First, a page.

Tomorrow I will continue to talk about the workshop with a little bit about Online History Course that are already on the Internet.

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Hello and welcome to this week’s SPOT Newsletter. Today we have two papers on Britain. The first focuses on gambling laws in the early twentieth century whilst the second discusses the proliferation of museums in the nineteenth century. Although these topics do not share much in common they do, in different ways, focus on the issue of class particularly the so-called bourgeois.

Sports and Leisure History
28 March 2011
Seamus Murphy
Gambling Parties and their Suppression: The Use of Defence Regulations to Suppress Gaming during and after the Second World War

The Sports and Leisure History seminar was presented with a talk by Seamus Murphy about the circumventing of gambling and licensing laws by both the rich and the poor in the early-mid twentieth century. Murphy focuses on the awkward legal rules that attempted to outlaw Gaming parties especially those that floated from venue to venue. These games tended to be held by the wealthy and upper classes as opposed to the lower level gambling organised by service men especially during the Second World War. Catching the organisers was difficult particularly because they could claim that they were holding the party as a social event rather than for financial gain. Defence Regulation 42CA which attempted to deal with illegal gambling had various contradictions in its wording and struggled to define what exactly the state meant by illegal gaming. Early in the 1950s objections increased against the legislation’s loose words and in 1952 Defence Regulation 42CA was removed and Police were made to rely upon other regulations to deal with gaming parties. All of this ended in the 1960s when the British Government finally relented and legalised Casinos.

Franco-British History
5 May 2011
John MacKenzie (University of Lancaster)
Museums and Imperialism: Appropriations, science, and the bourgeois sphere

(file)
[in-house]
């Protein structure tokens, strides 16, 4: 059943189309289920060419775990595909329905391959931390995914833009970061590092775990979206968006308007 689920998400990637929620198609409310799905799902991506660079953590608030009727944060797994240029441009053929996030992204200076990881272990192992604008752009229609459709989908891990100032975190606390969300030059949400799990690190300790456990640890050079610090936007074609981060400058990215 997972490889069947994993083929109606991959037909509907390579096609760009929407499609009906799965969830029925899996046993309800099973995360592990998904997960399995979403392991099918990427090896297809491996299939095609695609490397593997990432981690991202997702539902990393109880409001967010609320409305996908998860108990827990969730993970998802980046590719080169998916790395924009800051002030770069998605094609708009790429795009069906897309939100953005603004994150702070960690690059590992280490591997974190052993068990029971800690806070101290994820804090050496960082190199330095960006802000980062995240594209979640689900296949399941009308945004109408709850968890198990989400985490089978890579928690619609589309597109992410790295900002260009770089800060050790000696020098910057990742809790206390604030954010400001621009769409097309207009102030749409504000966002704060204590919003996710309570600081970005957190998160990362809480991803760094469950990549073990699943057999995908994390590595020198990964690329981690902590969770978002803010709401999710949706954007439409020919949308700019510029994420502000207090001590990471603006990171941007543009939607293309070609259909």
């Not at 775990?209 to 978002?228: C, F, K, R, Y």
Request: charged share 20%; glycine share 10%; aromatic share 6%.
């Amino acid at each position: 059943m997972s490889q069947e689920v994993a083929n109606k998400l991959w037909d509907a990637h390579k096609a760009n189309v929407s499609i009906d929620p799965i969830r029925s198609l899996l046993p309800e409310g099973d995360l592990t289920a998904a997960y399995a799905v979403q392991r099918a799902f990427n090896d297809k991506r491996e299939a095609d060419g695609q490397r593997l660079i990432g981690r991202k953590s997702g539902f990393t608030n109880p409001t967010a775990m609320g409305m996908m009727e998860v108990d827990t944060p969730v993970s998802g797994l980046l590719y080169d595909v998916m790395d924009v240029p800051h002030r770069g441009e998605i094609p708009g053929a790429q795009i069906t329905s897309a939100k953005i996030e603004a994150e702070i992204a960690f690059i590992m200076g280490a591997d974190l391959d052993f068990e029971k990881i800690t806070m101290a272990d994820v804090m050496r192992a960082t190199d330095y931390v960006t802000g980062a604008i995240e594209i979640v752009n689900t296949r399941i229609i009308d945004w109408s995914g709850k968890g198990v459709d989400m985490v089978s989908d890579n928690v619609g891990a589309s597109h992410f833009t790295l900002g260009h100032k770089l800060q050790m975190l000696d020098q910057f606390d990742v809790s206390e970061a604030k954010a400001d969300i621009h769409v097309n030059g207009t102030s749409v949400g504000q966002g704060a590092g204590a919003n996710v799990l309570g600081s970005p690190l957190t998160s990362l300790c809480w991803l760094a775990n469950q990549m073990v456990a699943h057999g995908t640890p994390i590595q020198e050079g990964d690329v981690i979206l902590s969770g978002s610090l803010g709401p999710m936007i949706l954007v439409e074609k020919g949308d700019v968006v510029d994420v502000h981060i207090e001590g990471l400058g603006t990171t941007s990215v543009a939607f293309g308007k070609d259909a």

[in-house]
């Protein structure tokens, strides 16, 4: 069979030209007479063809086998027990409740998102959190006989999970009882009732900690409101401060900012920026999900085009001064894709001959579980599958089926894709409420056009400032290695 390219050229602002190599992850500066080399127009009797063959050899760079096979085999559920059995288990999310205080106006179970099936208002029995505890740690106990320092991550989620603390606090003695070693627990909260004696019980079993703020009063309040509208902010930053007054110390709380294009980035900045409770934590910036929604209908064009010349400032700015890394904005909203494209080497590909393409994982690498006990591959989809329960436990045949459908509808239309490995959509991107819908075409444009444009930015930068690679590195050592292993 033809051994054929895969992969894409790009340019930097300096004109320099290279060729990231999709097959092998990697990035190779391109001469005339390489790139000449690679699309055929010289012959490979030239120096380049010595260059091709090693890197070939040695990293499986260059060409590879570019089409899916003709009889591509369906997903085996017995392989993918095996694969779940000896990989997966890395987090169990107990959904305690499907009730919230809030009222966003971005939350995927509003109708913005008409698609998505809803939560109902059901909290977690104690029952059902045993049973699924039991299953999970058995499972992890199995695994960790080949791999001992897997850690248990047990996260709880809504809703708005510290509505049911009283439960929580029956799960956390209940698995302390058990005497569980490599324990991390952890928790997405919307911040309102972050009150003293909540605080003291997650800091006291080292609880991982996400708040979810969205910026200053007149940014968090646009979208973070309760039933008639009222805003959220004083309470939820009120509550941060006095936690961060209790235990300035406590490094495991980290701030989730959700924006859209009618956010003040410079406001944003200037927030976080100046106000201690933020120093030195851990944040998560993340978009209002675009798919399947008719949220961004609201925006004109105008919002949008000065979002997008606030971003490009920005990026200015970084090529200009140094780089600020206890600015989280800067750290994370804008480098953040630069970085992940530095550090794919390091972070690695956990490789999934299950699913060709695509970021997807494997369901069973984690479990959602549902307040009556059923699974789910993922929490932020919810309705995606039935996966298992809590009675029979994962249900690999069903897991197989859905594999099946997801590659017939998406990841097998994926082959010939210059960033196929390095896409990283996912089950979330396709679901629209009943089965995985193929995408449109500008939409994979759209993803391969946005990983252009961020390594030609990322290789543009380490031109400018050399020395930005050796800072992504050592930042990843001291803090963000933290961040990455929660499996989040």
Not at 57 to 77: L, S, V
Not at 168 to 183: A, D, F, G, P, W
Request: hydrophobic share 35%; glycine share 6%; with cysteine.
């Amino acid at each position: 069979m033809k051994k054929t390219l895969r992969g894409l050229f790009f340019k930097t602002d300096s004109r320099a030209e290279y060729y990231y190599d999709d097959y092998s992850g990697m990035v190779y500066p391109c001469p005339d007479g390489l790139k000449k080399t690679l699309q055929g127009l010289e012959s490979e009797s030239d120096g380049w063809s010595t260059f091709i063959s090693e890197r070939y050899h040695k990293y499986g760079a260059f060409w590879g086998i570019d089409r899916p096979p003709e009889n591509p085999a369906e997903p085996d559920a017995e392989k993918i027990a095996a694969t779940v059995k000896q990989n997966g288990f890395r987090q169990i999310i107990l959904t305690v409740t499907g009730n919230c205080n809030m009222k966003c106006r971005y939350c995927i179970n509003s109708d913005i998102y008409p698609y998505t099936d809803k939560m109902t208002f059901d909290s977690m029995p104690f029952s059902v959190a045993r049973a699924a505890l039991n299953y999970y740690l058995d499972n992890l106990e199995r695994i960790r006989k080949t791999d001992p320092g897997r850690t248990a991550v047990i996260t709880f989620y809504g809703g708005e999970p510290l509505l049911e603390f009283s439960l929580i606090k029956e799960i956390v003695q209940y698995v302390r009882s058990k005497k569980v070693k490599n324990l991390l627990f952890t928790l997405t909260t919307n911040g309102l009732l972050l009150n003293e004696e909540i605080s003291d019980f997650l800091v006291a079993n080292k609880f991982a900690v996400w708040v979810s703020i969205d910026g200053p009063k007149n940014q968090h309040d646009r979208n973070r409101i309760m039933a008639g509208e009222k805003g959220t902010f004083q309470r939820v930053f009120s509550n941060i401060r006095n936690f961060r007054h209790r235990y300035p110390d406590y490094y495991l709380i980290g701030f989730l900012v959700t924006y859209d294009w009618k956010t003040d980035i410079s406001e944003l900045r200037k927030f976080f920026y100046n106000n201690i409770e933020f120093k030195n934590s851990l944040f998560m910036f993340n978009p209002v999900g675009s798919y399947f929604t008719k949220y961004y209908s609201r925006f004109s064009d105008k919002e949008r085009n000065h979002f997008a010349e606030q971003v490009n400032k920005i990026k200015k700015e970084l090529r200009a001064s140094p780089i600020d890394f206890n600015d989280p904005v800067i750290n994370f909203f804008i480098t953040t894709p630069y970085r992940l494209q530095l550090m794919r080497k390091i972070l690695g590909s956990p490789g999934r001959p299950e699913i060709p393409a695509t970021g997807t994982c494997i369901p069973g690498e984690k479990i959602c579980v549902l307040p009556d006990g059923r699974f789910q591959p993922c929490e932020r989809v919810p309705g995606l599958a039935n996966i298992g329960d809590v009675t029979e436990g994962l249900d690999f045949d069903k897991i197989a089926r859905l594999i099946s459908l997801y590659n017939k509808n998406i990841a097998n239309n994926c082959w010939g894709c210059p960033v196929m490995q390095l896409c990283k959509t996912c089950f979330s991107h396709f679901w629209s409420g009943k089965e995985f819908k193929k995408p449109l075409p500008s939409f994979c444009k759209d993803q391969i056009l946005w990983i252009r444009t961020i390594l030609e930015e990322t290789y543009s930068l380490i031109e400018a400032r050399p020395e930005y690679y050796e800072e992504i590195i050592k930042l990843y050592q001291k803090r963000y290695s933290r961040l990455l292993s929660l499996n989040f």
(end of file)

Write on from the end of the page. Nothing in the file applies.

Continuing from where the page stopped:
John MacKenzie presents a paper that deals with the proliferation of museums in the nineteenth century from a multi-facetted viewpoint. MacKenzie is particularly focused on the British experience – both at home in Britain and in the colonies. The stress on bourgeois is essential to the argument as it is this ‘class’ who supported, visited and helped to create theses museums. The process of collecting and exhibiting items from around the world lay at the heart of imperialism. For the bourgeois the museum represented a realm of respectability that promoted intellectual society and the public face of scientific study. It also represented economic growth and an improvement of recreation with educational intent. The museum was viewed as a symbol of modernity and a form of globalisation in miniature. MacKenzie ends the paper with a comparison to later colonial attempts to build similar museums as the British that would also house a ‘miniaturised world’. MacKenzie explains that they found it impossible to achieve what the other museums had in the past and were therefore forced to look at alternative niches.

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Yesterday we held the final Digital History seminar live stream for this semester.  Professor Tim Hitchcock admitted that this was perhaps not his most interesting talk (in terms of historical antidotes) but an important one for the promotion of new technologies as a means to ask new research questions and gather data. 

The Proceedings of the Old Bailey Online is certainly one of the success stories of early twenty-first century attempts at digitalising humanities research.  So to hear ‘behind the scenes’ about the data that it is possible to gather from the Old Bailey archives was a refreshing alternative to straight forward discussion of history. 

For my part, I was the man behind the webcam!  Although I am an historian myself and one that works, like Tim, in the early modern period, I tend to find it difficult to focus on the paper at the same time as monitoring the live stream and managing the ‘chat’.  I haven’t had a chance yet to have a re-listen to the paper but I plan to soon.